Saturday, 5 May 2012

The Shining : Analysing an Image # 2

Here Jack is smashing his way into the bathroom where Wendy cowers in fear

The wood-chopping man, the centuries-old strong and comforting figure of a husband and father is here turned against the family.

The wife and mother screams. As she brings her hand up to her face her wedding ring is visible.

From this acute angle across the door the axe seems so much bigger and the butcher (kitchen - female) knife Wendy holds so much smaller and inadequate seeming. This is a battle she appears incapable of winning.

The colours are cold, stark and anaemic. They are dirty and off-white. The tiles tell us that this is a room where things are meant to be clean and made clean. Instead there are stains: literal, be it on the walls themselves, or figurative, on the sanctity of home and the sacrament of marriage.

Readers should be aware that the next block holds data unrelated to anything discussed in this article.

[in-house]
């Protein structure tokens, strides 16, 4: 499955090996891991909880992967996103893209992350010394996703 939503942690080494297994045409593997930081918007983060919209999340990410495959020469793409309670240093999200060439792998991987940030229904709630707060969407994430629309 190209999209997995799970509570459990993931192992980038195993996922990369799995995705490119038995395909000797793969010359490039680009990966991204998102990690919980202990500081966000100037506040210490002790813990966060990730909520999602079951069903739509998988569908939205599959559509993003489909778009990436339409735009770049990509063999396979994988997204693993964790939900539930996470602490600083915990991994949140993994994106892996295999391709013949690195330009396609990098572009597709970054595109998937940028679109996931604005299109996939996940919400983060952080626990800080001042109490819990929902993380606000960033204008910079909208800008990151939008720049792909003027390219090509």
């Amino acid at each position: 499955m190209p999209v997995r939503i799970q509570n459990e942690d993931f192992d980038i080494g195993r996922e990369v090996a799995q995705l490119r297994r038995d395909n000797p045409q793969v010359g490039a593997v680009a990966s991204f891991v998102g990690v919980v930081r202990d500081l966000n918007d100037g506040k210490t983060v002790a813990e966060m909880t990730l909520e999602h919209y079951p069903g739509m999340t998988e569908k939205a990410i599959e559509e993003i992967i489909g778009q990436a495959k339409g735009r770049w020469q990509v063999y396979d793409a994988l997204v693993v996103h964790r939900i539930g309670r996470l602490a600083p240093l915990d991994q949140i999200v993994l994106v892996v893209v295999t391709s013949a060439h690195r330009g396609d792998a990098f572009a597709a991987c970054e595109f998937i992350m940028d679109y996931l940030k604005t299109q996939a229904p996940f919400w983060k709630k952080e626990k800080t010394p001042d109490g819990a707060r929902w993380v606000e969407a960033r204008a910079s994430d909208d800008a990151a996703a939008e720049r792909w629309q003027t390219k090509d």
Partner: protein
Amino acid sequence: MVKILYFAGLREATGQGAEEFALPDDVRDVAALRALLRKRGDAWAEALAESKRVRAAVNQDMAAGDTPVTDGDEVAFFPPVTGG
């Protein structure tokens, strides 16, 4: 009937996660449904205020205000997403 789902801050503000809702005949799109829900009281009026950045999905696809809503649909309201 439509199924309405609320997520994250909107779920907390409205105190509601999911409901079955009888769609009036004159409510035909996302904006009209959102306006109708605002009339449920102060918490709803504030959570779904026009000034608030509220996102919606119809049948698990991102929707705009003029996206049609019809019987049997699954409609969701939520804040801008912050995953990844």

One briefly thinks of a more specific violation, rape, as the large axehead thrusts against and through the wood and, from this angle, 'into' her.

Her face shows abject terror. She looks as if she is weeping, overwhelmed with sadness that it has come to this.

With the axe in between us and her, she is made more helpless, separated from us. We are not able to intervene and are placed as if another victim hiding on the other side of the door.

However, the camera's focus (and ours) remains more on her than on the horrific axe, whose intrusion is more other-worldly, more difficult to comprehend by being indistinct and blurred.

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